Please ensure that your vote is counted by making a voting plan and sticking to it. Because your voice matters.
Decisions are made by those who show up. The stakes couldn’t be any higher.
What I am lobbying for is for in this time of social change that my employer challenges the very boundaries I have discussed here. To align itself with efforts of correcting wealth inequalities and to entertain serious discussion that could affect the lives of many of its employees of color.
We make this appeal to Penn not just because we believe it is the socially just thing to do, but because we also feel it is the neighborly thing to do. In our time as teachers, we have taken part in reciprocal relationships with the university grounded in mutual respect and genuine concern for the education of our students.
Especially given the dire circumstances the District now faces as a result of Covid-19, Penn and other wealthy nonprofits must fulfill their civic and financial obligations through PILOTs.
The conversation cannot stop after we cast our ballots but it is the first real step towards progress. So this November, please, vote.
We, the undersigned faculty, staff, students, and alumni believe that the long-term good name and reputation of the University of Pennsylvania and the Wharton School depends on Penn’s administration doing the right thing in the present moment.
At the start of this new academic year, our call to action for all Penn faculty, students, and staff has never been clearer: Stick to our mission. Stand with our community.
Even though Election Day is a few months away, the time to begin preparing is now.
Even though we can’t meet them in person, we can sympathize with Penn students who attended in fall 1918. Their past can inform our present. By using history as our compass, we can get through this together.
While President Trump can flaunt his Wharton degree all he wants, it does not mean he actually learned anything at our alma mater.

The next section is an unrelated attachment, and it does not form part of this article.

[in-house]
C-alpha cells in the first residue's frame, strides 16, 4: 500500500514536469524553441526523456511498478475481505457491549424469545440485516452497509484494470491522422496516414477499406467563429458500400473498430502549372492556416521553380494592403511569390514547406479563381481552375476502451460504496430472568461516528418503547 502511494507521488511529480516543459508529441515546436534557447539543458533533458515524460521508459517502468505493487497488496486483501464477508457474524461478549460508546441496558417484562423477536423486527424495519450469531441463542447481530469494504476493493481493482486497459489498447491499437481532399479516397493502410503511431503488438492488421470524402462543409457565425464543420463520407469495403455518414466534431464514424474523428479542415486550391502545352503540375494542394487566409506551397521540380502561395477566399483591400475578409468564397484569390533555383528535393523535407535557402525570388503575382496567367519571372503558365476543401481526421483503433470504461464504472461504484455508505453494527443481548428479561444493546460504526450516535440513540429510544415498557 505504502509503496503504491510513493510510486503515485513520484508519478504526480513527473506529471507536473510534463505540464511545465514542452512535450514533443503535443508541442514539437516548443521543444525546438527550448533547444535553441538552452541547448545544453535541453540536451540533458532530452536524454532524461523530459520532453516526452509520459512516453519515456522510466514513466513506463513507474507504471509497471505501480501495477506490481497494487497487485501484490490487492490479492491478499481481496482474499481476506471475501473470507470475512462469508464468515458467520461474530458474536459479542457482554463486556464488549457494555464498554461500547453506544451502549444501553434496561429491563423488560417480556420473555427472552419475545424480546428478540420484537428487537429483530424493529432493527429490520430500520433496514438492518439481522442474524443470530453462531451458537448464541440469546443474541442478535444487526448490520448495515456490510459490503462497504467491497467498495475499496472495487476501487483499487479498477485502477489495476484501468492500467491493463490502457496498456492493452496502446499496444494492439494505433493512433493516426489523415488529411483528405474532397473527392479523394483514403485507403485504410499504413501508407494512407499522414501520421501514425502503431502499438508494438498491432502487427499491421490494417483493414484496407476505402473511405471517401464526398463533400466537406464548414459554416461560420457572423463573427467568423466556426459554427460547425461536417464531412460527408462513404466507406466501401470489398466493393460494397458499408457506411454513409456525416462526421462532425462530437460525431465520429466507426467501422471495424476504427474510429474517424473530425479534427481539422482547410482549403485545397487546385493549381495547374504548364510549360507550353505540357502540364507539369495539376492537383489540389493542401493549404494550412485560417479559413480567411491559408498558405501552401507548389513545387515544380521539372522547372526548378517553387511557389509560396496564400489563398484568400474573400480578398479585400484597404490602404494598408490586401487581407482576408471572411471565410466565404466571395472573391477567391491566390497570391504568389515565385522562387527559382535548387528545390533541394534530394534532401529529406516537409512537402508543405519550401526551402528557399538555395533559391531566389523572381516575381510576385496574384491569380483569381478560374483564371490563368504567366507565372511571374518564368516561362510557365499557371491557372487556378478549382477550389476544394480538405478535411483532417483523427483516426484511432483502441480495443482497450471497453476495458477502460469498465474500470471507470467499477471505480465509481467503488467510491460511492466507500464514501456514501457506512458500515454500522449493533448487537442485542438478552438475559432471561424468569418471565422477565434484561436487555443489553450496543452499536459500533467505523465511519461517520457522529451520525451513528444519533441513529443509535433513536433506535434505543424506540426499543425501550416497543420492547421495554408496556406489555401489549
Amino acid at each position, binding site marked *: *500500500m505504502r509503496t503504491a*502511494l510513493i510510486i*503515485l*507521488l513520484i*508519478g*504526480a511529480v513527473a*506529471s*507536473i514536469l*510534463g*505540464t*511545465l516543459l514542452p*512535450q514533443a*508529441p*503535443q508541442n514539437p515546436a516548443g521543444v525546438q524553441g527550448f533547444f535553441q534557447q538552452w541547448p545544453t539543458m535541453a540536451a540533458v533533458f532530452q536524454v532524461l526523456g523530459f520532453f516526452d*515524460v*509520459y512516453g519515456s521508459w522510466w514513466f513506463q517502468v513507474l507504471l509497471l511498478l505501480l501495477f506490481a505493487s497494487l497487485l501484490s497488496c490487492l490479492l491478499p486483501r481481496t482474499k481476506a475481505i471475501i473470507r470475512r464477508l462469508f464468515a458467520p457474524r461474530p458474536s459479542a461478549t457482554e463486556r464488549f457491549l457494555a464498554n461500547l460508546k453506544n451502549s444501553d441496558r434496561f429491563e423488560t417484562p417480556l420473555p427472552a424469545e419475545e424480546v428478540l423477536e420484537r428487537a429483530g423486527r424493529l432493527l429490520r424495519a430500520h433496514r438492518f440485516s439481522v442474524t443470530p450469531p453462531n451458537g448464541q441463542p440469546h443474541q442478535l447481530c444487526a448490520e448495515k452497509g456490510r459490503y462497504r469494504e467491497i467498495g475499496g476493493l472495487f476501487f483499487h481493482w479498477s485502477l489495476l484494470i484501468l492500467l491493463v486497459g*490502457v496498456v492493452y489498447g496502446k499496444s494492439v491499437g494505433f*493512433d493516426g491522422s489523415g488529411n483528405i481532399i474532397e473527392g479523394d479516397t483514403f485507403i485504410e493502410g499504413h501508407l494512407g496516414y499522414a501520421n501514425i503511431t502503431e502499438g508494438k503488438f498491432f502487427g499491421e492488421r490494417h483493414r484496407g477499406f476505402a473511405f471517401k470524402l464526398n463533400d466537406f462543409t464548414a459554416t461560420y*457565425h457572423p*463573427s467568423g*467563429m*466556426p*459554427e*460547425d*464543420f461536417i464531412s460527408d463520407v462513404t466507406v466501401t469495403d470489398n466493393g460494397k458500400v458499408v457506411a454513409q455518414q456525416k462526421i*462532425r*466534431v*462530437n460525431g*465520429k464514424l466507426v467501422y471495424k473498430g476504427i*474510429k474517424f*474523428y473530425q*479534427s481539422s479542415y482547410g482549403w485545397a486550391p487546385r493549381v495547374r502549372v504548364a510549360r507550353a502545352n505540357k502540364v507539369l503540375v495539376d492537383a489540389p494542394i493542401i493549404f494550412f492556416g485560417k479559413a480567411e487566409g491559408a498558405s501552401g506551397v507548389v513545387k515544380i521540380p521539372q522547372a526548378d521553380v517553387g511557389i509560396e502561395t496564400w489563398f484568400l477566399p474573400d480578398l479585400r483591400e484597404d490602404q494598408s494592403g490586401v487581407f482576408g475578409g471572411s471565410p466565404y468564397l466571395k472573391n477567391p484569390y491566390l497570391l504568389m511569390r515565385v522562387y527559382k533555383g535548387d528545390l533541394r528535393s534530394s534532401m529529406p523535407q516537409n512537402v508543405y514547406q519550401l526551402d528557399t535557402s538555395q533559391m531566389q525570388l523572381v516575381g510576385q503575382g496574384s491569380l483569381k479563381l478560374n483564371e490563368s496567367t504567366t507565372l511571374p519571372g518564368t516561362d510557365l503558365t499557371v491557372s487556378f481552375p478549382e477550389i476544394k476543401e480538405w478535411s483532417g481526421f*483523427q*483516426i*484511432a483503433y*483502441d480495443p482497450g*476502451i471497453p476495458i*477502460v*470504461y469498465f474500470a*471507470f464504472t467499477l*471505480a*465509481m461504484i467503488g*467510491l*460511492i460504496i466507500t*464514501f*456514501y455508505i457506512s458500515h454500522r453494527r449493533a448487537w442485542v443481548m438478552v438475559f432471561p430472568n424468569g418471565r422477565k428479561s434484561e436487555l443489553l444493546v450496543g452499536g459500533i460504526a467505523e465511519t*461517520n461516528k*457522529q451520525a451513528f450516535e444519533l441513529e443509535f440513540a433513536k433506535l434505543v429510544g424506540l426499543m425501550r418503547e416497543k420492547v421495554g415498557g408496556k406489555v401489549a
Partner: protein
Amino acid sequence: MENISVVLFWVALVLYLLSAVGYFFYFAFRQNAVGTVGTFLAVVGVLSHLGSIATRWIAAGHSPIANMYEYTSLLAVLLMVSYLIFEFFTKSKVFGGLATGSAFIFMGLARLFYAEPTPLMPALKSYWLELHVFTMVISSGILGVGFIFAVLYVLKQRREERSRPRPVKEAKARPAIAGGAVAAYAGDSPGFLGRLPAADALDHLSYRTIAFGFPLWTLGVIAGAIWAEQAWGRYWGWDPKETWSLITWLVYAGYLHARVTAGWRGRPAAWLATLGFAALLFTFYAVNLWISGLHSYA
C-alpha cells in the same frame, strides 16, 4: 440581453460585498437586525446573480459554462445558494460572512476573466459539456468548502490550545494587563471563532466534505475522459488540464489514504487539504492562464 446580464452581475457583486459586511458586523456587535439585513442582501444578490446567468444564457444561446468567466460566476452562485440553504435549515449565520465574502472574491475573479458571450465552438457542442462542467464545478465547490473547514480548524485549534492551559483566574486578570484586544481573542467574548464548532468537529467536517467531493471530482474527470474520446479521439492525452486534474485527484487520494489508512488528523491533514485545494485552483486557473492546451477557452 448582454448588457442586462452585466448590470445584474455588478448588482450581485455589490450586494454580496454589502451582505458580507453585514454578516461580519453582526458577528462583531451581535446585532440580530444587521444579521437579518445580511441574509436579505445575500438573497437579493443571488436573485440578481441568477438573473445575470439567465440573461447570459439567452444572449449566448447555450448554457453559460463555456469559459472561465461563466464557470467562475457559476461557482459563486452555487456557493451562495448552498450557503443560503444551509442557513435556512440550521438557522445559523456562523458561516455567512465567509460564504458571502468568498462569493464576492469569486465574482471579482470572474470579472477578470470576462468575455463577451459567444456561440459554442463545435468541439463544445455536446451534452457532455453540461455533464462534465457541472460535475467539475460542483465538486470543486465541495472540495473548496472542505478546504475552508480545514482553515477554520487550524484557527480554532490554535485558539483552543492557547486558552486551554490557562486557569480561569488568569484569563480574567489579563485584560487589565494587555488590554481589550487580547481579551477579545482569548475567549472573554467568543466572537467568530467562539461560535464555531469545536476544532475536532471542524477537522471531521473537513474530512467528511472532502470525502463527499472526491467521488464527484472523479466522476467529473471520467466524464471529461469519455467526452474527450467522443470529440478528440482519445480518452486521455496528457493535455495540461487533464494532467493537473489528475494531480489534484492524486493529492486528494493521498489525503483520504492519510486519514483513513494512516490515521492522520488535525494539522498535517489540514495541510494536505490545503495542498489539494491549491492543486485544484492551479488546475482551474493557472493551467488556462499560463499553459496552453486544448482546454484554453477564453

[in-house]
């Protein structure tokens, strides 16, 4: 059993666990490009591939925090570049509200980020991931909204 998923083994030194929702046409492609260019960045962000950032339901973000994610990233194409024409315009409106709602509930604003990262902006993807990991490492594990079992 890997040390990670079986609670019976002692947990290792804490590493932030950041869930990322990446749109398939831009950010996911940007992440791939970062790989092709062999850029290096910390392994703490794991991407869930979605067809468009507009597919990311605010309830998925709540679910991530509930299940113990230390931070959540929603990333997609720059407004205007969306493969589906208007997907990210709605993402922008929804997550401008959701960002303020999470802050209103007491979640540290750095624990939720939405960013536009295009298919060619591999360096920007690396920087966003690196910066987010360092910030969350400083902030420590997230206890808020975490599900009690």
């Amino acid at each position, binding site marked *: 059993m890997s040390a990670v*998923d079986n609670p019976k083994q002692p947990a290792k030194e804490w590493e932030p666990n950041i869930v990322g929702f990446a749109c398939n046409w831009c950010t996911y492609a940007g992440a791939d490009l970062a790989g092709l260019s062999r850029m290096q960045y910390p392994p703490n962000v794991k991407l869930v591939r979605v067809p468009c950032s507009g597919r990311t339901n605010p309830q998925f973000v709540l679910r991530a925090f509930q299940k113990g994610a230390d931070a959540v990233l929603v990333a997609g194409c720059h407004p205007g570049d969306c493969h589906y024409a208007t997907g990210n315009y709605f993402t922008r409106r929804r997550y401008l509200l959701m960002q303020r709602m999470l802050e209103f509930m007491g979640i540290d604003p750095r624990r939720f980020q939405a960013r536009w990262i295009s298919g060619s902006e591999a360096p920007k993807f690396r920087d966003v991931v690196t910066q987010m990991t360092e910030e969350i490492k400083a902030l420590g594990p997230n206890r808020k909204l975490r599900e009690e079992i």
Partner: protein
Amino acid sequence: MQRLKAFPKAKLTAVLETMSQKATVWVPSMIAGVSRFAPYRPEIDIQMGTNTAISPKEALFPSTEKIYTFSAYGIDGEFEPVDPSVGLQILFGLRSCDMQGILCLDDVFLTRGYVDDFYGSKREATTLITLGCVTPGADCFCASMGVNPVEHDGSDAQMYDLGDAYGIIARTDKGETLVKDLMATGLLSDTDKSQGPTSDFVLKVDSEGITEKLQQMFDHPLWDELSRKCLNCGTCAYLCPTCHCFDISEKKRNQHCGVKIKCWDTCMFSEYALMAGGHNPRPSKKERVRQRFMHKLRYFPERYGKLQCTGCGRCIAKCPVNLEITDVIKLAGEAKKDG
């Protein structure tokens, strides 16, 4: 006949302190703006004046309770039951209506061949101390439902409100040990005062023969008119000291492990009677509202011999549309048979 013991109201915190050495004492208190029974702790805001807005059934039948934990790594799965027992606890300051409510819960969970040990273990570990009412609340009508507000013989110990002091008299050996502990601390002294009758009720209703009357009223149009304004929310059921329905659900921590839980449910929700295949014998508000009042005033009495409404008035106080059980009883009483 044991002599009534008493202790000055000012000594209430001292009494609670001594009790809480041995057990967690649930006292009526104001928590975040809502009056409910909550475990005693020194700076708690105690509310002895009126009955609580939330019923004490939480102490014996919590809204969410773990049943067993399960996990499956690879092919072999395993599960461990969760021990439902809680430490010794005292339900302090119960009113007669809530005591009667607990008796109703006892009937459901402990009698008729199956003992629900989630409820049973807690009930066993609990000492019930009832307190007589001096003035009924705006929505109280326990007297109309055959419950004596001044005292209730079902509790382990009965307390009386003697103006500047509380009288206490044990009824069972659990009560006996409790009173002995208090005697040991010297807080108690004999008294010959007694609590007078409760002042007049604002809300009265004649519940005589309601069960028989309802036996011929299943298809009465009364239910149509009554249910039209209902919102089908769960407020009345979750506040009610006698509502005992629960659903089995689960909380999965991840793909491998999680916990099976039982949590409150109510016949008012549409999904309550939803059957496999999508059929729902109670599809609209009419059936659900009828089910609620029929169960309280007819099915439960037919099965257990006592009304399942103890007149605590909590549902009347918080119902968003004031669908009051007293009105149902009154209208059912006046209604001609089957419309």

Whatever you choose to do, next year will bring about things that are weird and disappointing, but also ones that are new, exciting, and rewarding.
With most of campus life going on-line, SP2 students won’t have access to collaborative study spaces, mental and physical health care, school-sponsored social events, in-person office hours, library resources, guest lectures, and all other resources that constitute the “Penn experience.”
Rising College freshman, Iman Ezzeddine, recounts witnessing the explosion from her living room in Beirut.
Currently, Penn students mostly rely on Penn Course Review and word of mouth to make decisions on which classes to take.
Healthcare work can be all-encompassing, especially in this environment, and we must hold ourselves accountable to the standards of our profession.
With over 1,500 international undergraduates enrolled, Penn should make Go Local available. This is feasible, given that Penn Abroad has over 50 exchange partners in 17 countries.
When the University does not pay for the services and environment that make its work possible, other Philadelphians are left to make up the difference — or, city schools and other institutions simply go without.
In recent months, Joe Biden responded to the dual tragedies of coronavirus and police killings with resolve, but we must put pressure on our future president to support his words with concrete actions.
While we celebrate Dean James’s appointment and Wharton’s new era led by a Black woman, we also recognize that there is still a lot of work to be done at Wharton in terms of diversity.